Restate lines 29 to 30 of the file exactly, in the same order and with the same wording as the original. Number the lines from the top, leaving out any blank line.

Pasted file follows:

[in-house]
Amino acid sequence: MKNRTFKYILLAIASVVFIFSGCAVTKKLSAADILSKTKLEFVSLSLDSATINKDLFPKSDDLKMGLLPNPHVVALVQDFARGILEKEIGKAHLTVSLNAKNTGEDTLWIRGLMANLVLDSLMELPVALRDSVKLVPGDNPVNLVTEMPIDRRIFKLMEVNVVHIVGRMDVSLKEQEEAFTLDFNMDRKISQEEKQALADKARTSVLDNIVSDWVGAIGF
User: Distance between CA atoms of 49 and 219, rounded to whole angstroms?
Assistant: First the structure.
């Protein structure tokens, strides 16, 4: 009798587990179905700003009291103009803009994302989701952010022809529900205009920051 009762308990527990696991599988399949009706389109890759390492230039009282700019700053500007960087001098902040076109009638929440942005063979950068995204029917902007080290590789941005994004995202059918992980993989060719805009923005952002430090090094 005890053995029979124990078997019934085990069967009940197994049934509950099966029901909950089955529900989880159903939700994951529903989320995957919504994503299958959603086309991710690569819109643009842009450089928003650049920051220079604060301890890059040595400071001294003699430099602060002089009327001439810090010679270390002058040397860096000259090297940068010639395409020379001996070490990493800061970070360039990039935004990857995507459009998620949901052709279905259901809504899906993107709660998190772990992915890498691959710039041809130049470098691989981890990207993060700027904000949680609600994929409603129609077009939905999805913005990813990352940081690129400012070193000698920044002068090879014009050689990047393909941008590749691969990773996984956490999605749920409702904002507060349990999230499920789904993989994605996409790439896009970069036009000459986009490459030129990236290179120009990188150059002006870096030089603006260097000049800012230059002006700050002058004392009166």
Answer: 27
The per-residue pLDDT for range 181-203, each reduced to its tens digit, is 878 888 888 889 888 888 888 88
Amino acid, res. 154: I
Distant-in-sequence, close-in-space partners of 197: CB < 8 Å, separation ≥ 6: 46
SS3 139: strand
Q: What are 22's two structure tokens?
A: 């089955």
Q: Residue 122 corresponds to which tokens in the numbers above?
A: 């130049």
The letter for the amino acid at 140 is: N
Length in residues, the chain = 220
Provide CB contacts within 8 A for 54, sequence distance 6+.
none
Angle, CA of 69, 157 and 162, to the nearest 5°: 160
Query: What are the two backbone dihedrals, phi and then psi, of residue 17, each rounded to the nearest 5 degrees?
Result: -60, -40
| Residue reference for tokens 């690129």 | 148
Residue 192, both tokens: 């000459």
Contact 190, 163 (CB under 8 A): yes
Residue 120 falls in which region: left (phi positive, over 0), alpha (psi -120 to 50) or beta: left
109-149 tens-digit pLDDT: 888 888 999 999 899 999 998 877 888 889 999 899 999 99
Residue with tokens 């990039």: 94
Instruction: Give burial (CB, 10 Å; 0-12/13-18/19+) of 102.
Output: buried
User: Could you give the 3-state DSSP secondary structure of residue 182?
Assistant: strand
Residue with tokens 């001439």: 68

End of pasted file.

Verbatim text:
Output: buried
User: Could you give the 3-state DSSP secondary structure of residue 182?